There is an artist`s description attached
Stand by your faith Journalistic photographs capturing American soldiers raising a flag on the island of Iwo Jima in 1945. Instead of soldiers, the figures of Catholic priests faithfully copy the positions of the men in the photograph. A rainbow flag where all the colours of the spectrum coexist side by side. A surreal vision of the interconnection of that which cannot be interconnected.
Oops, it seems the Czechs have duped all of us. None country has actually sent its artist to participate in the art enterprise. It has been revealed today that the construction presenting some countries` stereotyped visions was construed by a single man, a Czech artist. He says he knew the sham would be revealed one day but wanted to check if Europe is able to laugh at its stereotypes.
Czech mistification. It seems that Poland was the most clever idea in it. The rest are simply boring.
Homophobia challenges the CEE region According to a new report, the eastern half the EU is less tolerant towards homosexuals
The Warsaw Business Journal 6th April 2009
Homophobia is causing harm, both physical and professional, throughout Europe, according to a report by the European Union Agency for Fundamental Rights (FRA). The problem may also be worse than reports suggest, because some victims may not speak out.
The report noted that events in EU member states in recent years, such as "the banning of pride marches, hate speech from politicians and intolerant statements by religious leaders," are worrying signs.
According to the FRA research, countries in Central and Eastern Europe are generally less tolerant towards the lesbian, gay, bisexual, transsexual and transgender (LBGT) community. EU citizens in CEE countries are less likely to be comfortable living next door to an LGBT person and Bulgaria, Estonia, Latvia, Poland and Romania were specifically noted as being hostile towards gay pride parades.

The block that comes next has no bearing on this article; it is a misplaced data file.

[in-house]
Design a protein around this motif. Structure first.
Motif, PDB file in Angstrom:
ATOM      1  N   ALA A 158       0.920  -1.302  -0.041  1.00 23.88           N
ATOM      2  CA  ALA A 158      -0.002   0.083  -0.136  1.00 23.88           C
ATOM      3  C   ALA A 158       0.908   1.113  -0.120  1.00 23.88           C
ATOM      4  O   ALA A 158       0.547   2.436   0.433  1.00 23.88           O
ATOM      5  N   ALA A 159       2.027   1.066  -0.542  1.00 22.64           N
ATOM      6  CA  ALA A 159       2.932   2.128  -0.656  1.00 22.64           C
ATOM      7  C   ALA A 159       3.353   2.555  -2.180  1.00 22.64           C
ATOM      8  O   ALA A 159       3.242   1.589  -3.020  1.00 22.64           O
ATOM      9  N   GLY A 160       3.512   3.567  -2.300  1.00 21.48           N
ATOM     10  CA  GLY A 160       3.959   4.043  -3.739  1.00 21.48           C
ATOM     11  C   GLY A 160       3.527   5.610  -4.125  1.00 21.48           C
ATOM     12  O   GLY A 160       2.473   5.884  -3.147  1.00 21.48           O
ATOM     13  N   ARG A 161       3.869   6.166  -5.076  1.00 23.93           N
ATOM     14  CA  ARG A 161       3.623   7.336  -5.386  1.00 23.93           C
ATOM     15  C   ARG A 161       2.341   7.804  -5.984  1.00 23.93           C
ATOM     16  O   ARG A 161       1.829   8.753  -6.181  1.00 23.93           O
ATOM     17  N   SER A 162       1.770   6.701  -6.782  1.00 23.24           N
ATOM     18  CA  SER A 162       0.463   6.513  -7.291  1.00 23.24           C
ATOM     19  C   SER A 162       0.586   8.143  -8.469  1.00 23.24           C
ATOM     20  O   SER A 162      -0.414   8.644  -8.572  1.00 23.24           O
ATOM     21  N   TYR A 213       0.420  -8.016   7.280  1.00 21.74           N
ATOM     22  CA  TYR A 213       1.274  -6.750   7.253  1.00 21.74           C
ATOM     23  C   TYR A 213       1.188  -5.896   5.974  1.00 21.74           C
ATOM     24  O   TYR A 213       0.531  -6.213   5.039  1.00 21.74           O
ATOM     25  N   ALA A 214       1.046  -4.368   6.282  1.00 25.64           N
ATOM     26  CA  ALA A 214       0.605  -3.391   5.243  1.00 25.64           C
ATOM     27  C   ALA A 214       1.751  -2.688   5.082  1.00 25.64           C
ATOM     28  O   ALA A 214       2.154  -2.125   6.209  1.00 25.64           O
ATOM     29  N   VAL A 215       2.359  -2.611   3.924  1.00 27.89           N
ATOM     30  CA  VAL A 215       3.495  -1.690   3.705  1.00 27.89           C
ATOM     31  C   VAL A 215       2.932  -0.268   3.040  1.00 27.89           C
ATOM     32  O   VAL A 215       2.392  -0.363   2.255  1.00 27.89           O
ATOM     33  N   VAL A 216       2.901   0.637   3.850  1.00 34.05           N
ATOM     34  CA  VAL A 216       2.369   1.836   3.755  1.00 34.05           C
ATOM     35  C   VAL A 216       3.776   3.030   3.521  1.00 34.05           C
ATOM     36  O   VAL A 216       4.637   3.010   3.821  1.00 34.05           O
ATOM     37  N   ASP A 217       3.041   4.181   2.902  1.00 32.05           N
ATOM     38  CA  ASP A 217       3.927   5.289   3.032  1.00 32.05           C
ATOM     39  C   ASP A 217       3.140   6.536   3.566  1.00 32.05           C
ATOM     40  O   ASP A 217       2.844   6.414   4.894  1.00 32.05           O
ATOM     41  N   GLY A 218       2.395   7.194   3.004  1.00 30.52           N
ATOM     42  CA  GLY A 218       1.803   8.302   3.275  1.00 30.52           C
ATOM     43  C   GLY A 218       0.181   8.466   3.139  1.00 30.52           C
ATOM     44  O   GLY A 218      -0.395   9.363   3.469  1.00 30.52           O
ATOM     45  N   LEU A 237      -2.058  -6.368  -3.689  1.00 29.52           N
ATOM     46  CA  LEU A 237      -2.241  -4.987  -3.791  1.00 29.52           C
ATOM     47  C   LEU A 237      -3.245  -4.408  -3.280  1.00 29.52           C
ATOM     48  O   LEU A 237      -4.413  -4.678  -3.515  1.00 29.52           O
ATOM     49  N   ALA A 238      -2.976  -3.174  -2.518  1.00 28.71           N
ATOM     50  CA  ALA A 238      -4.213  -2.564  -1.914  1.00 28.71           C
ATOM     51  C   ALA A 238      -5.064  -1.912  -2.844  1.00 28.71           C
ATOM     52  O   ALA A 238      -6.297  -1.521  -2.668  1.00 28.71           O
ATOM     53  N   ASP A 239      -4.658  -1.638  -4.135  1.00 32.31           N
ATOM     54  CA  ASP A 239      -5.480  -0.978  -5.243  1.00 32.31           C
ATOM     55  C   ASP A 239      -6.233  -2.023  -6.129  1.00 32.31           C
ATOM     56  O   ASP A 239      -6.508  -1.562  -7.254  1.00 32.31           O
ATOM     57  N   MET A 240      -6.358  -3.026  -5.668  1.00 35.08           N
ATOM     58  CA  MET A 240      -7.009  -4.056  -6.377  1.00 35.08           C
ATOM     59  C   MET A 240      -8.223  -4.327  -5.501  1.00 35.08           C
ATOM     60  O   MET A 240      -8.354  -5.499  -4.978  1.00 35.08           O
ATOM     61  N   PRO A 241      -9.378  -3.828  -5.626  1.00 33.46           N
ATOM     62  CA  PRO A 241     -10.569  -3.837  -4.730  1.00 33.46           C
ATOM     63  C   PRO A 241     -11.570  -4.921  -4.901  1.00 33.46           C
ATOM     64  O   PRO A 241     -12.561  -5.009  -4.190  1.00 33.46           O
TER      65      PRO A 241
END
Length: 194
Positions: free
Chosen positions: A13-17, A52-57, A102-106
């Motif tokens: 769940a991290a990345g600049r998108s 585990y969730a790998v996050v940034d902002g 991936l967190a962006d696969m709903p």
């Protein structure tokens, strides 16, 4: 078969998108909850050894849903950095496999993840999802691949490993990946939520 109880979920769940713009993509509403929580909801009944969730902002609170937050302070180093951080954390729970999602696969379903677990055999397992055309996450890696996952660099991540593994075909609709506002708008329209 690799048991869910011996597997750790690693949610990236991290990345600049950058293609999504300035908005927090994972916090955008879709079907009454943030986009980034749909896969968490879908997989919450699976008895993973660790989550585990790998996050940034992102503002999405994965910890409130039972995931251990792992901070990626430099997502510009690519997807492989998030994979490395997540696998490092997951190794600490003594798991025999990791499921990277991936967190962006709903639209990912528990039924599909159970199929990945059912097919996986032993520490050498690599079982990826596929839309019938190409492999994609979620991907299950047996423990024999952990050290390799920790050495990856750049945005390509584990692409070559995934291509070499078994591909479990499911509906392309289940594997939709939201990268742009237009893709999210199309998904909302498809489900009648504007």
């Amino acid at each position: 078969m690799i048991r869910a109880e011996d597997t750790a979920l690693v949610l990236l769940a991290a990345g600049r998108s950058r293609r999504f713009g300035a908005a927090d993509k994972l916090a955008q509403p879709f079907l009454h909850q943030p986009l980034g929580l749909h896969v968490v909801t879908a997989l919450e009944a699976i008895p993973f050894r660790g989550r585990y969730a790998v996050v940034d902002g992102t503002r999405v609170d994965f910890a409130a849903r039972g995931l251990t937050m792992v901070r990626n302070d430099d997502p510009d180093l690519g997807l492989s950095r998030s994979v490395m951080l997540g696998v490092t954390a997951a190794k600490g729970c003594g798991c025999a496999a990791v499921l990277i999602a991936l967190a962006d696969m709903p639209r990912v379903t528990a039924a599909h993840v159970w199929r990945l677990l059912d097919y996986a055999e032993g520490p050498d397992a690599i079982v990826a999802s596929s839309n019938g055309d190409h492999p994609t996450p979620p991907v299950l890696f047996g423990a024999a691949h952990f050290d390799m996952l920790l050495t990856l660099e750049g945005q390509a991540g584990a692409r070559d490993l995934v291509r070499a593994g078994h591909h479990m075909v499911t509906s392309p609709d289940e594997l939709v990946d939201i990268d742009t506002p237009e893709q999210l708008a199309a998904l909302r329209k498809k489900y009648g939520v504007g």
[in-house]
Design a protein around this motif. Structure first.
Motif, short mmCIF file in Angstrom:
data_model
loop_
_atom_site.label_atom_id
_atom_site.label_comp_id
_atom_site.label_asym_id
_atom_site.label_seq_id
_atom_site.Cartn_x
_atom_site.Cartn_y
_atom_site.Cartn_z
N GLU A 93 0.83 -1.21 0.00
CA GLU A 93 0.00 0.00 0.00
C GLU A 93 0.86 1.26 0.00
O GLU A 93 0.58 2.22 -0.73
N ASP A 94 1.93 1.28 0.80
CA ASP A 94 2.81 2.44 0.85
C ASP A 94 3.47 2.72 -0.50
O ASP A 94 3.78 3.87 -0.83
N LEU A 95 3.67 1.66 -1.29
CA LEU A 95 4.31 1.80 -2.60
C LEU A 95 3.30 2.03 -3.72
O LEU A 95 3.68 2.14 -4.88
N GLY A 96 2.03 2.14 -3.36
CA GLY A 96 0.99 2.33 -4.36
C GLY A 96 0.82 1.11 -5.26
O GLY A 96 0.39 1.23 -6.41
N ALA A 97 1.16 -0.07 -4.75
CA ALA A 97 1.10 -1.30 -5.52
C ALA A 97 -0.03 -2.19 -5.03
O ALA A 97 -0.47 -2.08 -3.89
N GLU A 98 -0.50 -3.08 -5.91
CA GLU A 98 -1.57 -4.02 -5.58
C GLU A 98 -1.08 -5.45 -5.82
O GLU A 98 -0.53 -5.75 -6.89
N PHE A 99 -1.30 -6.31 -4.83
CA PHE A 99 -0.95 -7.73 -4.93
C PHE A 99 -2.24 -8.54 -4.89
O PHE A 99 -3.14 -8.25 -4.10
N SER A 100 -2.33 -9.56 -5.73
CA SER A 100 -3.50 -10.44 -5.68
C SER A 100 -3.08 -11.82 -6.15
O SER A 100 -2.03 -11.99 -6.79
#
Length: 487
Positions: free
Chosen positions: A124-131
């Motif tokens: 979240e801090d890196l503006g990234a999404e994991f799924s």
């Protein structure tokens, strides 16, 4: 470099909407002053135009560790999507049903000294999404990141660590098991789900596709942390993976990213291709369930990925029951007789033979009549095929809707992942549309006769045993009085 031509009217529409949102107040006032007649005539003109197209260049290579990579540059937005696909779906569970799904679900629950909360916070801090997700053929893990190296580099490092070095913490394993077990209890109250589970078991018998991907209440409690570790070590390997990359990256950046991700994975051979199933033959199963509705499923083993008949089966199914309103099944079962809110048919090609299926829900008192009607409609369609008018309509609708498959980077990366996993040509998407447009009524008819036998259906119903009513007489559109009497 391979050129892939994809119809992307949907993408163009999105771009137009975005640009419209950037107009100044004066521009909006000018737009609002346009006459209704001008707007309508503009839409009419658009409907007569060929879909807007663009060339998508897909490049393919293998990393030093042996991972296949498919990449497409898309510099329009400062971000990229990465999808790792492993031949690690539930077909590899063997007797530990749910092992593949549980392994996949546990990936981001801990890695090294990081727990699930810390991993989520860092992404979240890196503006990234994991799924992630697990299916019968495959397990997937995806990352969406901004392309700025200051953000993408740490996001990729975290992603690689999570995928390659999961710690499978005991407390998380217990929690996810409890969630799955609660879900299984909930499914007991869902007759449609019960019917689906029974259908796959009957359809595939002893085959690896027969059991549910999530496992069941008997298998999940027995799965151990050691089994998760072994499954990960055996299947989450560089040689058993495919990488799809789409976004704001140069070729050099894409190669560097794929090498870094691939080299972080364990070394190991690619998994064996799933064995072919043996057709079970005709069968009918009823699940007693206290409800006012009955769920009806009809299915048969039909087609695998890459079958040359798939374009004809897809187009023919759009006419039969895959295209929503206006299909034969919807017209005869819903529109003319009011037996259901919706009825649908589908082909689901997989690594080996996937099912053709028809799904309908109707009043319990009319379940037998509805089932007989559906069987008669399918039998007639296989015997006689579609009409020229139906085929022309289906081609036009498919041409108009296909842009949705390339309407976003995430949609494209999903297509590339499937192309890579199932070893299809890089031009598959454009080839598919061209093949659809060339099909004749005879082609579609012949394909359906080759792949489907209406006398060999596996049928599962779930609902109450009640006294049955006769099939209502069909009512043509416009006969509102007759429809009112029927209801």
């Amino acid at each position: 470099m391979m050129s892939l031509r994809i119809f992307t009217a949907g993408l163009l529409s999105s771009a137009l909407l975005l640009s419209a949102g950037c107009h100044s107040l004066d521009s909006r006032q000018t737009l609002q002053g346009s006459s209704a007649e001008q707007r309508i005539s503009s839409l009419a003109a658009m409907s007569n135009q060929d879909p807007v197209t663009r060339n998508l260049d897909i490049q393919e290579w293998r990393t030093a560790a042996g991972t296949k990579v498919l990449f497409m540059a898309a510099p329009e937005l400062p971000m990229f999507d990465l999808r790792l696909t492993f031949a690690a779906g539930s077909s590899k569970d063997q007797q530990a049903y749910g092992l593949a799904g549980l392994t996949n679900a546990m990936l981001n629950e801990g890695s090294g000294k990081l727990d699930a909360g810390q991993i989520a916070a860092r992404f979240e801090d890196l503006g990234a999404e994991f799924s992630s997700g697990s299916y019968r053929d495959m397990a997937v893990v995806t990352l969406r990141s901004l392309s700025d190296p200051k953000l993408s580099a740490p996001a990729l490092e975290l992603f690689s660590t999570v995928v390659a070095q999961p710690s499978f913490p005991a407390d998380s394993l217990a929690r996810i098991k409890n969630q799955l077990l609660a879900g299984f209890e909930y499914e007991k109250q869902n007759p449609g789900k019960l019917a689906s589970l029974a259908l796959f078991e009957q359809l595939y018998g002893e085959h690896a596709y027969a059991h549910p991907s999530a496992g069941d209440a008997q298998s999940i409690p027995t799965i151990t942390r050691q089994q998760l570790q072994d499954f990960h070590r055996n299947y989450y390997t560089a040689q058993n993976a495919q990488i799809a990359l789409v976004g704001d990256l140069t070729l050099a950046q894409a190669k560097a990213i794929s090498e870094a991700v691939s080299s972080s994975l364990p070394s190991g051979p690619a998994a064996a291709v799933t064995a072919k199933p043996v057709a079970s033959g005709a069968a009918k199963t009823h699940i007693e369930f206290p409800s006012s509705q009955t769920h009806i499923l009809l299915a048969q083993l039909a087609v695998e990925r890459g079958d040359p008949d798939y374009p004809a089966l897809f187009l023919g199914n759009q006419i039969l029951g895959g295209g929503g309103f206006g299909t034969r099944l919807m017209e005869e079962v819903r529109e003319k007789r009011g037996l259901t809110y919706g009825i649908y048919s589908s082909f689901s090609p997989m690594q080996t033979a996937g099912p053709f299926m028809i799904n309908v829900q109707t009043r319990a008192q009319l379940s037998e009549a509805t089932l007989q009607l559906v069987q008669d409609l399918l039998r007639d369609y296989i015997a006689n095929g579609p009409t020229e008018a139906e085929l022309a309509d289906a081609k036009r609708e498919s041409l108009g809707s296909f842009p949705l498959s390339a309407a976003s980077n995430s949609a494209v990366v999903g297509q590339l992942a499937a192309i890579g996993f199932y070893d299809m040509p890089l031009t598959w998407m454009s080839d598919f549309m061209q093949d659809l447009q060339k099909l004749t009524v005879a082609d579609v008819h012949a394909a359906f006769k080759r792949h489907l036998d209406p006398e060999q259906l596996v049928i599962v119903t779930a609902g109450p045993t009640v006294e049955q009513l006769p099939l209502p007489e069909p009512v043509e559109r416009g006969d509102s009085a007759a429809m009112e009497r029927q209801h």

Only Belgium, the Netherlands and Spain give full marriage rights to LGBT people. Fourteen member states � including Poland, Bulgaria and the Baltic states � do not grant any partnership rights to LGBT persons.
Regarding same-sex marriage, Romania and Latvia are the least keen on the idea, with only 11 and 12 percent of surveyed people were in favor, respectively. Meanwhile, Poland and Malta (both seven percent) are the most negative on the issue of child adoption by homosexual couples. The Netherlands and Sweden are the most in favor on both issues.
Thirteen member states � including Poland, the Czech Republic, Slovakia, Bulgaria and Hungary � have not outlawed the inciting of hatred, violence or discrimination on the grounds of sexual orientation.
The FRA study noted that homophobia was a professional worry as well. It quoted Poland-specific research which said that LGBT persons were "fearful of being victimised, and filing a complaint against an employer is perceived as lowering the chances of finding new employment."
In conclusion, the report stated that, "Discrimination and homophobia disadvantage LGBT persons in all areas of social life."
......................................................................... Polish gay movement gains momentum Lyndon Barnett Sydney Star Observer Tuesday, 7 April 2009
After losing his job because of discrimination, Warsaw-born Szymon Niemiec, 31, was inspired to become a gay activist. He became an organiser of Poland's first Pride parade after watching Sydney's 2001 Mardi Gras on television.
"While at a gay bar with friends watching Sydney's parade we asked ourselves, `Why not?' From this moment Equality Parade was born," Szymon said.
"Our group, ILGCN Poland, had always one goal: to build acceptance in Poland for LGBT people by culture, help and support. From the beginning we used art and culture to make Polish gays visible and proud of their achievements. "
Szymon believes the greatest obstacle to acceptance is the Polish mentality. "The biggest problem with tolerance is Polish fear. Our position between Russia and Germany led us to be a society that was always under, or in danger of, occupation," he said.